The morning of July 25, 2009, a day passed my estimated due date, I awoke very early to what I thought was just more back pain. The previous night, we had celebrated my brother’s birthday at the Hofbrauhaus and I was blaming Germans and their hard wooden benches for my discomfort. (Pregos are allowed to be irrational, don’t judge me). When Zach woke around 6 am, I told him that I didn’t think he would be playing in his golf tournament that day. He immediately started doing stuff to keep himself busy: he SCRUBBED the kitchen floors, he finished packing his hospital bag, and before he left to take the dogs for a run, he made me a contractions chart, insisting that I was tracked every twinge. I’m not joking:
After a few hours, we called the doctor and I was really bummed to learn the ONLY doctor I had not met was on call the entire weekend, but I tried telling myself it was no big deal. I labored at home, mostly in water, from about 4 am – noon. Finally, as I was sitting backward in a chair, trying to focus on my breathing while Zach put counter pressure on my lower back, the pain and anticipation got the best of me. In retrospect, I think it was more the excitement and wanting to meet my surprise baby (we never found out if we were having a boy or girl!), and I wish I had stayed home longer. But because we are an hour from the hospital and we knew we were driving right into construction, we opted to leave around 12:30.
My brother came with us because my parents were already at a graduation party, one they would soon leave so they could join us at the hospital. I parked my pregnant self in the back seat of our car and positioned a softball between my tailbone and the seat, and leaned back hoping it would give me some relief. It didn’t. Ouch.
I was 5 centimeters when I was admitted, and although I had dreams of a natural child birth, my back felt like it was splitting in two. I never had “normal” contractions; all of the pain was in my lower back and butt. At one point I remember thinking, “I’m going to vomit all over this nurse.” I accepted the invitation of the epidural shortly thereafter.
Hindsight is 20/20: I wish someone would have slapped some courage into me and suggested I wait a little longer before getting the pain meds. I couldn’t feel a THING. My nurse, who was very lovely and helpful at the time, kept telling me to “hit the button.” So I did. Do you know what happens when you “hit the button?” Another dose of pain medication is doled out and if you’re a clueless first timer, you hit the button when your nurse tells you to hit the button.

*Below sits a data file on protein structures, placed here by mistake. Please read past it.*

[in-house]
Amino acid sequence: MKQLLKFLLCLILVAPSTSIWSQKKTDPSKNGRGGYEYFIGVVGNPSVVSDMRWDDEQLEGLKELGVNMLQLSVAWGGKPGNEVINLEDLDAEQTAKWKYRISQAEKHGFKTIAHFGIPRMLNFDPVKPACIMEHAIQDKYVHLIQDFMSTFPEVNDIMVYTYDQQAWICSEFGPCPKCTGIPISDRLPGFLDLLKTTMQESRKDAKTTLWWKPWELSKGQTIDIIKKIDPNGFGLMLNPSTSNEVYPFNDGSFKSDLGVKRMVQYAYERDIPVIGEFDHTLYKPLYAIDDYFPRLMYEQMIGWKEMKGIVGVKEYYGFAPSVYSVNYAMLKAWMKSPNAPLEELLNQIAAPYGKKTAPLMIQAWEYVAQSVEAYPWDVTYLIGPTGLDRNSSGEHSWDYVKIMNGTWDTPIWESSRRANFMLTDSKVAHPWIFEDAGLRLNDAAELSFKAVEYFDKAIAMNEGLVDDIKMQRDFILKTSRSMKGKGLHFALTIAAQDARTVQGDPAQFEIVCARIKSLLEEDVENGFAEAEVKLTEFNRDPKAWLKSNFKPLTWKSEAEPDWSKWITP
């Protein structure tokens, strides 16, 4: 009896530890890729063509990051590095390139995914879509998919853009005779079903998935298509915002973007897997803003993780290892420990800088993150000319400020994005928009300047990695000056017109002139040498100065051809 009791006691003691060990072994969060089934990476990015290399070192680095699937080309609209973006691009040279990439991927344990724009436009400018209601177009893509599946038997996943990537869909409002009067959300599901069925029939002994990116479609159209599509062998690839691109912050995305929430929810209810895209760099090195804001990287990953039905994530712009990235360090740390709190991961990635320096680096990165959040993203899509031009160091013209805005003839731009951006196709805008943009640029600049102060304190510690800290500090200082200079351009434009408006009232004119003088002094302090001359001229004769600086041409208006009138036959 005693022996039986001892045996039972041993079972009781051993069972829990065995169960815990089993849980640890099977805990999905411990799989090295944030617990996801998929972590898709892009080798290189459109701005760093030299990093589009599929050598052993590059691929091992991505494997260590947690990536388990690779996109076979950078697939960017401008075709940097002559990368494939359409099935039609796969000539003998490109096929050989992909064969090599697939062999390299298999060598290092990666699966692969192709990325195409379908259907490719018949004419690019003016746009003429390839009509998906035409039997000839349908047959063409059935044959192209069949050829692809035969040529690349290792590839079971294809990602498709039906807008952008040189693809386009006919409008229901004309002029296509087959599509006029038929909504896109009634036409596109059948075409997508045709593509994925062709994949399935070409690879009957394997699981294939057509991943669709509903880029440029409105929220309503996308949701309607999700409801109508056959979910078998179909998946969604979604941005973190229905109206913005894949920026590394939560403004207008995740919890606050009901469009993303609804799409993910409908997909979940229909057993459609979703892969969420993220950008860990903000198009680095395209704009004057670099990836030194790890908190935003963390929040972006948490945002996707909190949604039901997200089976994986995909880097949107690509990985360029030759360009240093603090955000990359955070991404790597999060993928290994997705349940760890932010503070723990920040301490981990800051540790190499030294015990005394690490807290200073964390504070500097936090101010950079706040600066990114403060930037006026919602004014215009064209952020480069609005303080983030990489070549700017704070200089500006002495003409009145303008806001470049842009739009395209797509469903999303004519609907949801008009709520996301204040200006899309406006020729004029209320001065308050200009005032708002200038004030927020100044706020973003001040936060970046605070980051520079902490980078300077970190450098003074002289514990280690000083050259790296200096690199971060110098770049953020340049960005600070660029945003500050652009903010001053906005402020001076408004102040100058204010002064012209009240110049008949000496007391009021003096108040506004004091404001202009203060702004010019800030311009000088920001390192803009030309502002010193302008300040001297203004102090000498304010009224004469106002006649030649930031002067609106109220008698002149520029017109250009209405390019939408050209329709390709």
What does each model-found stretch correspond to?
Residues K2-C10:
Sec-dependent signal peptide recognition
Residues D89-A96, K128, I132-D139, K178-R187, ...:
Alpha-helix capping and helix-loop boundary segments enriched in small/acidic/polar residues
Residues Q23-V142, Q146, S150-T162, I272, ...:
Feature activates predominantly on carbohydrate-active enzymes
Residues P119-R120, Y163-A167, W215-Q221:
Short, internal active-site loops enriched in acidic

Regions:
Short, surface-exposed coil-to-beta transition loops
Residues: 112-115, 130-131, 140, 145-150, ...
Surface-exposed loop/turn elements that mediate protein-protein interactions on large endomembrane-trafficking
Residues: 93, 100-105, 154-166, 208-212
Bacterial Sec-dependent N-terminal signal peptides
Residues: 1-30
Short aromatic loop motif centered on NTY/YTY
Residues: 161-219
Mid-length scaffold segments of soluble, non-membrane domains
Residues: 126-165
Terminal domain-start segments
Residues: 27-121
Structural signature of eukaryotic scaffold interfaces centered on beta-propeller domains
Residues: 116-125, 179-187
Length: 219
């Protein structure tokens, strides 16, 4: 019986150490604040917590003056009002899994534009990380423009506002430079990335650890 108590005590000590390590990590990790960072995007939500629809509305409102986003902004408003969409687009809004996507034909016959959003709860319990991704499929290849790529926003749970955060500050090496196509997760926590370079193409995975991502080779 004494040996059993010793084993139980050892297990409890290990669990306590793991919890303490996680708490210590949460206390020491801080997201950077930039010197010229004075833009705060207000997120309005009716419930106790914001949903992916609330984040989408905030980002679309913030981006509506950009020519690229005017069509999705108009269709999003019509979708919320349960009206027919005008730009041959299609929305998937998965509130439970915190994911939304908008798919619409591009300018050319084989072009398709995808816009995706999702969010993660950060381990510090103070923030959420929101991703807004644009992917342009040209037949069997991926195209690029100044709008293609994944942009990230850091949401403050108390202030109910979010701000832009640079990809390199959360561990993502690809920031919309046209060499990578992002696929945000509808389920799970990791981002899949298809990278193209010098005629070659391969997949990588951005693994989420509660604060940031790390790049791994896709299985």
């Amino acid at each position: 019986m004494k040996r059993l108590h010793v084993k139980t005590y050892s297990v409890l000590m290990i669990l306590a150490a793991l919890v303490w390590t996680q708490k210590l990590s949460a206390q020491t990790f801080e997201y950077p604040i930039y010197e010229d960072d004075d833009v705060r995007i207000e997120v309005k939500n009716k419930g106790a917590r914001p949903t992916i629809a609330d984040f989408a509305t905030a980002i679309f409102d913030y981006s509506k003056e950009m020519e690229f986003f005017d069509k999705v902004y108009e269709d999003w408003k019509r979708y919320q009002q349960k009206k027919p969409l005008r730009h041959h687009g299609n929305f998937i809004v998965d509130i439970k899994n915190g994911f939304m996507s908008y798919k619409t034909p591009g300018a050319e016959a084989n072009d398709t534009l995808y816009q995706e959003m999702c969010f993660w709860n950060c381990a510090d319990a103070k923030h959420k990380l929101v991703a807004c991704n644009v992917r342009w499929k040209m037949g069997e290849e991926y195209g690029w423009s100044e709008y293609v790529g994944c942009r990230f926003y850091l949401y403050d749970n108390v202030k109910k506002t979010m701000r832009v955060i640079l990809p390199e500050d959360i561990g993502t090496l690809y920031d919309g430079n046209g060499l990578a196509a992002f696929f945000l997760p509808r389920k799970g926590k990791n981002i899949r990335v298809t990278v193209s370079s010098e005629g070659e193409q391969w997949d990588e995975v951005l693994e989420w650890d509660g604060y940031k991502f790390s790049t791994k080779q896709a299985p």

My labor slowed, and I didn’t know if/when I was ready to push because I literally couldn’t feel a thing. At this point, it was nearing 9pm. I thought I felt pressure, so I asked if I should push. I was told to wait until the doctor checked me. I waited for an hour. The doctor finally came in, checked me (I was 9 centimeters), and then informed me that she had to perform a c-section on another patient. I was told to wait for her before pushing.
After another hour, around 11pm, I begged to begin pushing. I thought there was pressure, I wanted to meet my baby–I was ready, dammit! When my less-than-stellar doc came back and announced that she hadn’t even started the other patient’s c-section, I told her I could not wait. She checked me again (“Just about 10 centimeters, but not quite”) and, to appease me, said I could “practice pushing.” This made me angry: practice?! What if the baby was ready and the doctor wasn’t? My nurse assured me it was perfectly safe, so we practiced pushing. I couldn’t hoist my own legs up, so my husband and the nurse had to hold them for me, but I pushed with the power of a thousand mothers. And I pushed when my husband yelled he could see the baby’s head. And I pushed some more when the nurse said, “I see blonde hair!” I pushed FOR THREE HOURS. That little blonde head kept slipping back inside each time a push was over, and I would soon find out that practice, or premature, pushing is not a good idea; in fact, it can swell the cervix and after 180 minutes of it, necessitate an emergency c-section…
When Doctor of the Year returned, it was 2 in the morning and she was YAWNING. The nurse told her I had been pushing and without another thought, doc emphatically stated, “We’re going to have to perform a cesarean.” My first instinct was to punch her; I felt like she had let me down and completely betrayed my birthing wishes which, of course, she knew nothing about because she didn’t know me from Eve. Instead, I cried. Our families came in to wish me luck, and I remember feeling like they were bidding me their final goodbyes instead. Totally freaked me out. My mother scolded me for having the epidural (because that was why I was being wheeled into surgery…), my brother looked terrified, my dad had tears in his eyes, and then this walked into the room: